The World Bank has approved an additional loan of $650 million for the Eastern Dedicated Freight Corridor (EDFC), which is aimed at the faster delivery of goods between the northern and eastern parts of the India.
This round of loans to the EDFC follows two other loans by the World Bank. The Cabinet last week approved the revised cost estimate of Rs.81,459 crore for the Eastern and Western Dedicated Freight Corridor (DFC) Project.
The third round of World Bank funding, announced on Wednesday, will build the 401 km Ludhiana-Khurja section in Uttar Pradesh, Haryana and Punjab. The project will “help grow the capacity of these freight-only lines by raising the axle-load limit from 22.9 to 25 tonnes and enable speeds of up to 100 km/hr. It will also help develop the institutional capacity of the DFCCIL to build and maintain the DFC infrastructure network,” according to the World Bank.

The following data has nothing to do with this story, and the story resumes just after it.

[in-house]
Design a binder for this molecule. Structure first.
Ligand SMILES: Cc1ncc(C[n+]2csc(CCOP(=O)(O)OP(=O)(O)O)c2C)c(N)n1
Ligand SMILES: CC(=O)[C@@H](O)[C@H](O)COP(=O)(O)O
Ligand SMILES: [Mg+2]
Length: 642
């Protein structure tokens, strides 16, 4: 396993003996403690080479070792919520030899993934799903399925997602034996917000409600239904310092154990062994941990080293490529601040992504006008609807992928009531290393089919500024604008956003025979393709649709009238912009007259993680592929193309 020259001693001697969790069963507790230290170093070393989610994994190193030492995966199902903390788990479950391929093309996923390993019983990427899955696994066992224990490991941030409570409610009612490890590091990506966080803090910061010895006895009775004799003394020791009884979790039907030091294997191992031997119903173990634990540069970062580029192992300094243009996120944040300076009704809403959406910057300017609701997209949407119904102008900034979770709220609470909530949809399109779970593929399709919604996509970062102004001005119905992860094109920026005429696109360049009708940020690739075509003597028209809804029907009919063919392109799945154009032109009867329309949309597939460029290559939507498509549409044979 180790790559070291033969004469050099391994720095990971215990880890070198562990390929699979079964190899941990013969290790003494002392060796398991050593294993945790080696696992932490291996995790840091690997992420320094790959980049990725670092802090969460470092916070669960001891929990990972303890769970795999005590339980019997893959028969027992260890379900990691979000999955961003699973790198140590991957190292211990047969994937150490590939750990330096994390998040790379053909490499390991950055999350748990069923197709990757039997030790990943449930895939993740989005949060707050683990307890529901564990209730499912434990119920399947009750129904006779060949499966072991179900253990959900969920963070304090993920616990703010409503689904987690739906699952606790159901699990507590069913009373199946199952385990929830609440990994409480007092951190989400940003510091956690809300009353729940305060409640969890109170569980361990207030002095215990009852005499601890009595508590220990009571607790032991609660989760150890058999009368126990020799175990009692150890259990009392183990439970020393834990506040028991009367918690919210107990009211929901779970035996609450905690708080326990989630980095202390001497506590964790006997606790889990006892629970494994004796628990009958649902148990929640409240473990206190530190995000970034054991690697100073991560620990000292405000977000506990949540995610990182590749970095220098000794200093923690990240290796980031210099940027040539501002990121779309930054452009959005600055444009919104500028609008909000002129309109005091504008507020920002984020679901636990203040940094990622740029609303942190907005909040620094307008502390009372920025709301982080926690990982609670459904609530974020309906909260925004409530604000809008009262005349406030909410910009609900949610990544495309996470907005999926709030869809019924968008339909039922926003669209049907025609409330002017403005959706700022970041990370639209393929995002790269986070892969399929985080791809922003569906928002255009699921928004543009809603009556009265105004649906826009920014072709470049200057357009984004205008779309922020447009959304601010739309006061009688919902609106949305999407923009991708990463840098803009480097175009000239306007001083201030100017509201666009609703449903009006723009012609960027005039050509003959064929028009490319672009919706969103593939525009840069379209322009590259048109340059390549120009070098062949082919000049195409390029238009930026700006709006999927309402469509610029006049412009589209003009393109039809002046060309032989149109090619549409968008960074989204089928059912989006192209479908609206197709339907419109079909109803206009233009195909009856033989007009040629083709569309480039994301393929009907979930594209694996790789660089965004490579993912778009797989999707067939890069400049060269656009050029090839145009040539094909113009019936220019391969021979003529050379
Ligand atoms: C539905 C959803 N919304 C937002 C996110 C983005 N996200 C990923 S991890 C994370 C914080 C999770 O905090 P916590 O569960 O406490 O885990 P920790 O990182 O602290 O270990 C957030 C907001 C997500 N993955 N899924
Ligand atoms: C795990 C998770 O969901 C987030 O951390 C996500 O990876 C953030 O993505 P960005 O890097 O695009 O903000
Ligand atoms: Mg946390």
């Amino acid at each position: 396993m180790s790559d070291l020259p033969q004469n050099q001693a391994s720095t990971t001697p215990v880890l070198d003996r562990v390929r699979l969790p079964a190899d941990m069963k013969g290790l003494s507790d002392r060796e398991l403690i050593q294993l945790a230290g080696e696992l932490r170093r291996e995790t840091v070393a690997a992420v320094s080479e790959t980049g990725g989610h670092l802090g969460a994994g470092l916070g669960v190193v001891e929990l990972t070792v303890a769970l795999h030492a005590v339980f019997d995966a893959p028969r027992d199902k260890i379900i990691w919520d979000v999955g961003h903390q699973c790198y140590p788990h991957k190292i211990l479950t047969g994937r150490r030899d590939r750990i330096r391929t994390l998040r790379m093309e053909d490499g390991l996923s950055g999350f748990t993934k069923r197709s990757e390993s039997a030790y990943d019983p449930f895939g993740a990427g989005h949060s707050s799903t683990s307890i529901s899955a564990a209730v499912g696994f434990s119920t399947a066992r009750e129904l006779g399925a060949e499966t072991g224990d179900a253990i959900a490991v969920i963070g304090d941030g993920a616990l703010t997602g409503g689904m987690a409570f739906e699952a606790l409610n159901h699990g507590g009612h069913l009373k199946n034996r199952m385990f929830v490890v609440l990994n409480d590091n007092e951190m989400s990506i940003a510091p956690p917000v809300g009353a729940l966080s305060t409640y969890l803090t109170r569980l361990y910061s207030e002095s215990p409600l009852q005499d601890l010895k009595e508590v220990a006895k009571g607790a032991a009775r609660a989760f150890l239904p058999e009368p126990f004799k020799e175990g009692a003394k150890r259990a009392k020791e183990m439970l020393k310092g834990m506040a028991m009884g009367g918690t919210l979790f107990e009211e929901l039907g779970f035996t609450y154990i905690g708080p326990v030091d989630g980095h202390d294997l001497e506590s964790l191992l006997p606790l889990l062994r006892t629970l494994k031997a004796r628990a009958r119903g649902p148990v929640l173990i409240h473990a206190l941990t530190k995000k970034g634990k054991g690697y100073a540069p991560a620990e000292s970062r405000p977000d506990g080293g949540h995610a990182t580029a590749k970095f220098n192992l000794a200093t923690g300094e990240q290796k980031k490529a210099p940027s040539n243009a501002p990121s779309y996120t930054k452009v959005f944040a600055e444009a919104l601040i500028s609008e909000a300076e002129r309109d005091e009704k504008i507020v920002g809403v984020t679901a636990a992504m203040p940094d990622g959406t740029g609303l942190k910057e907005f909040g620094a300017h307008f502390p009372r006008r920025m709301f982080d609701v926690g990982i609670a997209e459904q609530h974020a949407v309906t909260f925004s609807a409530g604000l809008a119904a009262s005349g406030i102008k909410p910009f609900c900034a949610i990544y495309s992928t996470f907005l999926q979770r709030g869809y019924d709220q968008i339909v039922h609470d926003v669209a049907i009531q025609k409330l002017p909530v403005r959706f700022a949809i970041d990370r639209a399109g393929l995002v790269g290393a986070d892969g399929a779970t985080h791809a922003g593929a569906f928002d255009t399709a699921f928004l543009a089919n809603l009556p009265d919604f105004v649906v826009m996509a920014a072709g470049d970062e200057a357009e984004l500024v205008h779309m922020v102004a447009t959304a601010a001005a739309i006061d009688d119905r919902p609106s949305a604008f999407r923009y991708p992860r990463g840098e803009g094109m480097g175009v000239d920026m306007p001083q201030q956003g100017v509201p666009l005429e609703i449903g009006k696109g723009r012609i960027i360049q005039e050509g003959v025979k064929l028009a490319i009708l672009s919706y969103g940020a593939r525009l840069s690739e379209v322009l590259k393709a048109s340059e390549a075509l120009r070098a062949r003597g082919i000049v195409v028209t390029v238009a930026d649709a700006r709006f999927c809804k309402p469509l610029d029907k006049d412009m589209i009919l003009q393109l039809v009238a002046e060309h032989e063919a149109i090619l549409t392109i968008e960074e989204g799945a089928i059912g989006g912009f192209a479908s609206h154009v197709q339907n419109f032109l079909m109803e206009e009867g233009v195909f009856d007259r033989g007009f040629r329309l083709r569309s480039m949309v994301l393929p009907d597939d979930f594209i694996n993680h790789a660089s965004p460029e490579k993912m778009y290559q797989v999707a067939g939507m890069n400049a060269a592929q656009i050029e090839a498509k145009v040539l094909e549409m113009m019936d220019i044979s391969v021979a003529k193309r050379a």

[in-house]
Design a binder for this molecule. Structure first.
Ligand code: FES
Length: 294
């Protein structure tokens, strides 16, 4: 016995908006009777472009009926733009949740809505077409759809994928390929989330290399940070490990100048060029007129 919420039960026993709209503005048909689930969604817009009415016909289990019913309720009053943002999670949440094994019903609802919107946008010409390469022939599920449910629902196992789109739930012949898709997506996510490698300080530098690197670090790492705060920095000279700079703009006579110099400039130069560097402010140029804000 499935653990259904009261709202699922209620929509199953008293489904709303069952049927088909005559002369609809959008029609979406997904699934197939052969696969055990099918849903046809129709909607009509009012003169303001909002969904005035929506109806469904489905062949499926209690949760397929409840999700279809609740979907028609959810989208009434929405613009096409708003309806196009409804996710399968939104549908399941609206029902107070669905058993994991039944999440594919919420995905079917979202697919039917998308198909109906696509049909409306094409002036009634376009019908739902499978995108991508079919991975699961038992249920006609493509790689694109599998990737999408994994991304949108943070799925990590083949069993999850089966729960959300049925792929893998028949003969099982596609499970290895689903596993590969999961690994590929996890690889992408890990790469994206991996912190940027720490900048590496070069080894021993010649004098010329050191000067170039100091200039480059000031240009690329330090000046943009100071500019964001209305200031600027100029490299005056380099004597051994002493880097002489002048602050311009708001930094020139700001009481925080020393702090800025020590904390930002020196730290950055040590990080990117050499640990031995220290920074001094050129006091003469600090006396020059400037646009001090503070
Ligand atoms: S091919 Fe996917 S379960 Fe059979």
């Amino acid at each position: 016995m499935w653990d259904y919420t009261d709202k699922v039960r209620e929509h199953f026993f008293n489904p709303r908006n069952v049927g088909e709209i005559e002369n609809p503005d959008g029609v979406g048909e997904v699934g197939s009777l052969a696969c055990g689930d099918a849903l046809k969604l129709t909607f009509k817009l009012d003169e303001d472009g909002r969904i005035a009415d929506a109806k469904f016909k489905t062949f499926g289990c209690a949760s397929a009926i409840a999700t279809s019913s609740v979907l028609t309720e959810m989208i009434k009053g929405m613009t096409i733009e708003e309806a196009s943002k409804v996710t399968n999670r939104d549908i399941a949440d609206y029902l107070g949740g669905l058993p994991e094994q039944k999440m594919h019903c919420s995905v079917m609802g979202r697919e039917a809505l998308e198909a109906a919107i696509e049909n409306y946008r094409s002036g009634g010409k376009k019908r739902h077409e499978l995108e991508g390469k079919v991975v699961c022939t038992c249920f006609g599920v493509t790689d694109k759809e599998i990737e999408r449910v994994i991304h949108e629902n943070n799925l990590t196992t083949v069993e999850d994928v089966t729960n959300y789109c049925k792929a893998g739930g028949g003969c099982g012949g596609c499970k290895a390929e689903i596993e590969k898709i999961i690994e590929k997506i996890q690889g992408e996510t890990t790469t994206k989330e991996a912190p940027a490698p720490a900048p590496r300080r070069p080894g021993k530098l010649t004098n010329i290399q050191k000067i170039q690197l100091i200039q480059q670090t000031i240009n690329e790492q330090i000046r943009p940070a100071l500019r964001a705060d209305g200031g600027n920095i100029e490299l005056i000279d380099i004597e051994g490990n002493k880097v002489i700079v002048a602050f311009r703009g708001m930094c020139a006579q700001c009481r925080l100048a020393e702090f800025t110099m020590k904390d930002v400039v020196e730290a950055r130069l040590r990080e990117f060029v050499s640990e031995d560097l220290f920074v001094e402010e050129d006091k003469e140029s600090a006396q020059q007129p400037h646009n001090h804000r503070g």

An analysis of the projected greenhouse gases that are expected to be generated by the Eastern freight corridor project found that it would be 55 per cent lower than the levels of gases released without the project. The Eastern DFC project is expected to release 10.5 million tonnes of greenhouse gas emissions up to 2041-42, compared to a whopping 23.3 million tonnes in the absence of the freight corridor.
Approved in May 2011, the first loan of $975m was used for the 343km Khurja-Kanpur section in the EDFC programme and is already under implementation.
In last April, the World Bank has approved the second loan of $1.1bn for the second phase, which covers 402km from Kanpur to Mughal Sarai.
The EDFC is planned to be built on two main line of the western and the eastern corridors, which are expected to help increase railway transportation capacity through high-capacity, higher speed dedicated freight corridors along the Golden Quadrilateral highway network connecting Delhi, Mumbai, Chennai and Kolkata.